- Impaired coordination – this includes your hand-eye coordination, balance, and overall response of your brain
- Slower reaction time – it takes longer for you to react
- Impaired vision – some people get drowsy or have blurred vision
- Bad judgment – some drivers become more aggressive which leads to reckless driving
- Difficulty in concentrating – your mind will easily wander or have a hard time focusing on the road
A common question people ask is, “Does coffee or painkillers reduce the effects of alcohol?”
At most, these substances can help you feel more awake — but that doesn’t mean that your judgment and coordination are improved.
It also doesn’t remove the alcohol in your system.
The only way to effectively reduce the effects of alcohol is to wait for your body to remove it from your system. Sadly, there is no quick fix for this.
How Drugs Affect Your Driving
DUI is not only related to alcohol.
Drugs can impair your driving, too — and are considered a DUI charge as well if found in your system.
Here are some ways drugs (even over-the-counter ones) affect your driving:
- Impaired perception
- Bad judgment
- Reduced reaction time
While there is no BAC-like measurement, a simple blood test can determine if drugs are in your bloodstream.
How to Avoid DUI
If you want to ensure the safety of everyone, you must take the necessary steps to avoid DUI.
Not only that, but, as we saw, getting penalized for a DUI is both inconvenient and expensive.
So how do you avoid it?
Here are some tips:
- If you know you’re going to drink, ride a taxi or rideshare instead of driving.
- If you have to drive, assign a designated driver who won’t drink or is not drugged.
- Arrange an overnight stay if you can’t find a designated driver.
- Never overestimate your ability to drive properly when you drink.
- Wait several hours to give your body time to remove the alcohol.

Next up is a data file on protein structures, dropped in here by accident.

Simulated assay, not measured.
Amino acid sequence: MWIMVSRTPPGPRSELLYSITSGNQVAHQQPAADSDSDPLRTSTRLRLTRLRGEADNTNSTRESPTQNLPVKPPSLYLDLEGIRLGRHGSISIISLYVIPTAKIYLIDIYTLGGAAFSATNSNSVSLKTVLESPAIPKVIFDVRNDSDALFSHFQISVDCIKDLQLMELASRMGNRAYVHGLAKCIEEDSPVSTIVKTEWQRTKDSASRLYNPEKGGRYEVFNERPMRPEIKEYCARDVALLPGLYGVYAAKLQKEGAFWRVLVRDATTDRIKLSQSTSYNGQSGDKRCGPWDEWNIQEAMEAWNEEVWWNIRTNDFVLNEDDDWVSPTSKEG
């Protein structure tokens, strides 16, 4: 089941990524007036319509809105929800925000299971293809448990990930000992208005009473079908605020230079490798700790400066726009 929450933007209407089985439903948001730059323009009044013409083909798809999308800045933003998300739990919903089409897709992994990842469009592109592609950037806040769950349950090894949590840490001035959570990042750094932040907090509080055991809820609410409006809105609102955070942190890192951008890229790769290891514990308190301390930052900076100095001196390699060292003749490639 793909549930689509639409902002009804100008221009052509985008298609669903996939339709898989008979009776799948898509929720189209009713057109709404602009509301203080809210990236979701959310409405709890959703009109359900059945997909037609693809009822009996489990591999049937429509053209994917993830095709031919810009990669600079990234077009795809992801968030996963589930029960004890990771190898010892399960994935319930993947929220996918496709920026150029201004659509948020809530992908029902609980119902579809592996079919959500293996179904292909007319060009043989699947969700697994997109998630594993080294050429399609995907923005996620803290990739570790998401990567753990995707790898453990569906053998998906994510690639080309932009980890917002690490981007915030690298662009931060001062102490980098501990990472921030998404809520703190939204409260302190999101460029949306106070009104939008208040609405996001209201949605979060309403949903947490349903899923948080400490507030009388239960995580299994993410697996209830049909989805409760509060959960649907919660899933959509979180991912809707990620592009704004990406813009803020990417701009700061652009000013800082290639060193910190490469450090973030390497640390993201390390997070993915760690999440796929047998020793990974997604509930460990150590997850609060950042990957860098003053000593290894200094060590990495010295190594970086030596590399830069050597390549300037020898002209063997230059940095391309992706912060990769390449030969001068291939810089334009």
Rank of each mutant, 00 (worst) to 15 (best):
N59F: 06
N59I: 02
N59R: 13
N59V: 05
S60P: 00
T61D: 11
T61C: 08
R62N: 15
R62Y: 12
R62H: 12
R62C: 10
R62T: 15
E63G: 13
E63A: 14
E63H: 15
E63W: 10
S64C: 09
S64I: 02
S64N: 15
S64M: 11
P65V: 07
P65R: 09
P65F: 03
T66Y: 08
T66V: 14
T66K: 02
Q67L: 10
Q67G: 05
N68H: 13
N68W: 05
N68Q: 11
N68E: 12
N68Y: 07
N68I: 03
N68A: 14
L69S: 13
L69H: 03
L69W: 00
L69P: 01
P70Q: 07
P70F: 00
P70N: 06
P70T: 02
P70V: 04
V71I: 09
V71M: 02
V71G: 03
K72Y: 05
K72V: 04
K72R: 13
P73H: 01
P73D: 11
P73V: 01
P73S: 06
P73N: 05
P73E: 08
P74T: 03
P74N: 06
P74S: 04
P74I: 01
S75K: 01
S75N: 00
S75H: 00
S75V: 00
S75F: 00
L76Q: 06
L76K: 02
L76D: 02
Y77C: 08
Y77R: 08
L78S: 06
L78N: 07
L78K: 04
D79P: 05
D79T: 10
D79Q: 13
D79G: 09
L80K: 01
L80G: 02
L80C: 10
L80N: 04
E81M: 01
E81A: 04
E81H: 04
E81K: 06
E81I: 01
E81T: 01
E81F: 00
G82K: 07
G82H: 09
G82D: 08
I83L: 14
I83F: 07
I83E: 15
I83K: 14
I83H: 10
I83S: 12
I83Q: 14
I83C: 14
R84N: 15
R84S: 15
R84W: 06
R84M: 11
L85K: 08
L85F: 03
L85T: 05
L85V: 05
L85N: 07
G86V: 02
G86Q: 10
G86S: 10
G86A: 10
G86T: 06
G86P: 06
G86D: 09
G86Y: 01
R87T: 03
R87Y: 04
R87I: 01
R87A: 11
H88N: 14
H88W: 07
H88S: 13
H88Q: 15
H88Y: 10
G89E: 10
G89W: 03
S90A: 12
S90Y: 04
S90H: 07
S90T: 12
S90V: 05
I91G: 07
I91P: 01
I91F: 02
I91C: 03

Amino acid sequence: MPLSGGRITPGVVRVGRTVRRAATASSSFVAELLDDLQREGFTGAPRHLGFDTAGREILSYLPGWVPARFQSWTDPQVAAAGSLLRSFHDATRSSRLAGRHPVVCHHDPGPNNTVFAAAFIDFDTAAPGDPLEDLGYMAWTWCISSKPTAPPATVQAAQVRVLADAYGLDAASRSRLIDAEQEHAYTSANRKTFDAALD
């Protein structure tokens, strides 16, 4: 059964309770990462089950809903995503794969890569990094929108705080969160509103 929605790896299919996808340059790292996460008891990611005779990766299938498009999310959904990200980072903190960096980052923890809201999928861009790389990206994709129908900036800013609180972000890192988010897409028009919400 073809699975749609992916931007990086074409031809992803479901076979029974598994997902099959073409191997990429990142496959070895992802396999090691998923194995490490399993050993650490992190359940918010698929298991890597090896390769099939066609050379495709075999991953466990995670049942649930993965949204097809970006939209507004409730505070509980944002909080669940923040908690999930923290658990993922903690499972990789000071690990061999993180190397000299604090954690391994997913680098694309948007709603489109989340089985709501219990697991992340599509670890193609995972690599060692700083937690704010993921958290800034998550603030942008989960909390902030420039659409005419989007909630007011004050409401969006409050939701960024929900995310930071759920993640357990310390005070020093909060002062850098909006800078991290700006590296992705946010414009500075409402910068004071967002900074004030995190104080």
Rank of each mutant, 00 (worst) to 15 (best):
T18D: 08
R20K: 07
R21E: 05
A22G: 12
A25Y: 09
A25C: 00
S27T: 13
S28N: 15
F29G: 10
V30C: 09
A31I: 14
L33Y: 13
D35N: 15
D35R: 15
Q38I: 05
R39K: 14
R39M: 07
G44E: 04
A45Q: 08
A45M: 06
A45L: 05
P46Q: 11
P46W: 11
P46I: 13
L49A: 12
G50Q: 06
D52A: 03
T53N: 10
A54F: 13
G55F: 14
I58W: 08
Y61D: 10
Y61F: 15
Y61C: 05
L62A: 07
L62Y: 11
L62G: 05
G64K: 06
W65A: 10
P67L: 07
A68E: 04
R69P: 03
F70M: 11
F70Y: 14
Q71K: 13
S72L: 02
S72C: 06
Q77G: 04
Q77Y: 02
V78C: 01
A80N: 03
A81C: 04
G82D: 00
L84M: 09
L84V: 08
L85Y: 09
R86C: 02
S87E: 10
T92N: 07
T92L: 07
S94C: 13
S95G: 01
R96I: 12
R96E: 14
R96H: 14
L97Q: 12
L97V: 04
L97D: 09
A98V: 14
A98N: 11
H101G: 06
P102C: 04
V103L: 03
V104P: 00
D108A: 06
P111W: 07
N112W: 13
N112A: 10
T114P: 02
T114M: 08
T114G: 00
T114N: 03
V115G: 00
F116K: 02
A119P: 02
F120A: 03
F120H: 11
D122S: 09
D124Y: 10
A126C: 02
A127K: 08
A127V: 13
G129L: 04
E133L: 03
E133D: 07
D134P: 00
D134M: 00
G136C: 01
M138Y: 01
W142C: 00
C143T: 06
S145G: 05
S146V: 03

Frequently Asked Questions About Vermont DUI Laws
Is a DUI a Felony in Vermont?
A DUI is considered a felony on your third offense in the span of 20 years. It’s also a felony if the DUI accident resulted in severe injury or death.
The rest of the time, it is a misdemeanor.
How Long Does a DUI Stay on Your Record in Vermont?
In Vermont, a DUI stays on your driving record for life. However, a law in 2019 has allowed a DUI conviction to be sealed if it has been more than 10 years and you haven’t been convicted of any other crime since.
How Much Does a DUI Cost in Vermont?
DUI offenses have high fees:
- Up to $750 for the first offense
- Up to $1,500 for the second offense
- Up to $2,500 for the third offense
- Court fees
- Cost of the alcohol and driving education program
Can I Get a DUI Expunged in Vermont?
Yes, you can — but you have to wait 10 years to get it expunged. The correct term is “sealed”. This means the conviction won’t show in your driving record if you didn’t get any more violations since your first DUI offense.
And that was all you needed to know about the Vermont DUI laws.
The penalties for a DUI are harsh – you get a fine, license suspension, and jail time.
But other than the penalties, the great danger of it all should be enough to discourage any driver from attempting to drive while impaired.
So if you’re planning to drink, just make sure to get a taxi or designate someone to drive for you.
Be a responsible driver!